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Firm Plaques and Nodules Over the Body

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A 52-year-old woman presented with painful erythematous nodules of 2 weeks’ duration that began as a single lesion on the left shin and spread rapidly to involve the trunk, arms, and legs. A punch biopsy was performed. Pertinent history included a recent hospitalization for drainage of malignant ascites secondary to metastatic ovarian cancer. The lesions did not drain and were not pruritic. The patient did not have a history of fever, night sweats, nausea, headache, neurologic change, muscle aching, or recent weight loss.

What’s the diagnosis?

a. erythema nodosum

b. pancreatic panniculitis

c. polyarteritis nodosa

d. pyoderma gangrenosum

e. subcutaneous fungal infection

The Diagnosis: Pancreatic Panniculitis

The biopsy specimen revealed necrosis of the panniculus with “ghost” cells (Figure). Calcification was encountered. Changes of vasculitis were not identified and fungal organisms were not noted. The histopathologic findings supported a diagnosis of pancreatic panniculitis.

Punch biopsy revealed necrosis of the panniculus with “ghost” cells, and calcification was encountered (H&E, original magnification ×20).

Pancreatic panniculitis has been associated with pancreatitis, pancreatic carcinoma, pancreatic pseudocysts, congenital abnormalities of the pancreas, and drug-induced pancreatitis.1 Skin lesions may herald a diagnosis of pancreatic disease in an outpatient and should prompt thorough clinical evaluation when encountered in an outpatient setting. Our patient first developed tender nodules on the left shin 2 to 3 weeks prior to presentation. She reported that her initial nodules were flesh colored but then became erythematous and tender over 1 week’s time. The patient’s history was remarkable for ovarian cancer. She had been hospitalized 2 weeks prior to presentation for abdominal pain and ascites. Imaging studies revealed a cystic lesion in the head of the pancreas. The pancreas was traumatized during a peritoneal tap. Her nodules developed shortly thereafter and were distributed on the arms, legs, back, and abdomen.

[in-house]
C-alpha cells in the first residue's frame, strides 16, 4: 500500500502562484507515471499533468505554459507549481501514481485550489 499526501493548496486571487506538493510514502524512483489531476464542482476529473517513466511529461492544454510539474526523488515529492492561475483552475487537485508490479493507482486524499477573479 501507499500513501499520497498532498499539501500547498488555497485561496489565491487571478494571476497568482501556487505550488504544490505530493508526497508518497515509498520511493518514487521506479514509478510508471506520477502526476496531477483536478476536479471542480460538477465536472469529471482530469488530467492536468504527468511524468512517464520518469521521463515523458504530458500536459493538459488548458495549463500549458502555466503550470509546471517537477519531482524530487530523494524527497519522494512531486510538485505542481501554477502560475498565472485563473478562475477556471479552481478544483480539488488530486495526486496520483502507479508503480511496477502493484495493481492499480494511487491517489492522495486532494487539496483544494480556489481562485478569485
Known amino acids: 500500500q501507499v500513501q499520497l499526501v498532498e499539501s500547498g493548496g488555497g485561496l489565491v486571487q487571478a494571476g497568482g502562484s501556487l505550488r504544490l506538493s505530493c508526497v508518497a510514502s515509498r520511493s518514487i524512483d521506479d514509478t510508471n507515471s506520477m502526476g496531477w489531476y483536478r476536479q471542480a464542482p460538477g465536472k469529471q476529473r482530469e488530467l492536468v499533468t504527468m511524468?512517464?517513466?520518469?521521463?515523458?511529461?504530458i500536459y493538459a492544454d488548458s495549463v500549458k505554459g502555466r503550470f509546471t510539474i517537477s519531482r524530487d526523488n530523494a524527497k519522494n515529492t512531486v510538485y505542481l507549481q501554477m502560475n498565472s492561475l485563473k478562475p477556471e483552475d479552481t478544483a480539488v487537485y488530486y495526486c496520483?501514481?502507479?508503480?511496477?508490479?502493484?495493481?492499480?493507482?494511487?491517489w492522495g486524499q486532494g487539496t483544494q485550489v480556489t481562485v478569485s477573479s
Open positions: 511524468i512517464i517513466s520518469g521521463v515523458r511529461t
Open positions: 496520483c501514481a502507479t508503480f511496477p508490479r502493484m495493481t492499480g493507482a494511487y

Pancreatic tumors or inflammation are thought to trigger pancreatic panniculitis by releasing enzymes. Pancreatic enzymes such as lipase are thought to play a role in the development of pancreatic panniculitis by entering the vascular system and leading to fat necrosis.2,3 Biopsy reveals necrosis of adipocytes in the center of fat lobules.4 Ghost cells result from hydrolytic activity of enzymes on the fat cells followed by calcium deposition. A report indicates that fungal infection or gout also can cause changes that mimic pancreatic panniculitis.5

Other entities in the differential diagnosis can be excluded by biopsy. Polyarteritis nodosa is a vasculitis. Although panniculitis may be seen in polyarteritis as a secondary phenomenon, lesions are centered around blood vessels and often eventuate in ulceration.6 Subcutaneous fungal infection typically reveals organisms on periodic acid–Schiff stain.7 Pyoderma gangrenosum is associated with ulceration and a neutrophilic infiltrate that is often centered around a central pilosebaceous unit in developing lesions.8 Erythema nodosum is a panniculitis in which septal inflammation predominates.9 These differential diagnoses of pancreatic panniculitis are summarized in the Table.

Pancreatic panniculitis can be associated with acute arthritis and inflammation of periarticular fat.10 Treatment of pancreatic panniculitis is usually focused on the underlying pancreatic disease.11,12 Our patient benefited from analgesic therapy and her lesions improved on follow-up. Clinicians encountering a patient with new tender nodules should be prompted to perform a biopsy. When histopathologic evaluation reveals ghosted adipocytes, pancreatic panniculitis should be suspected and clinical evaluation undertaken.

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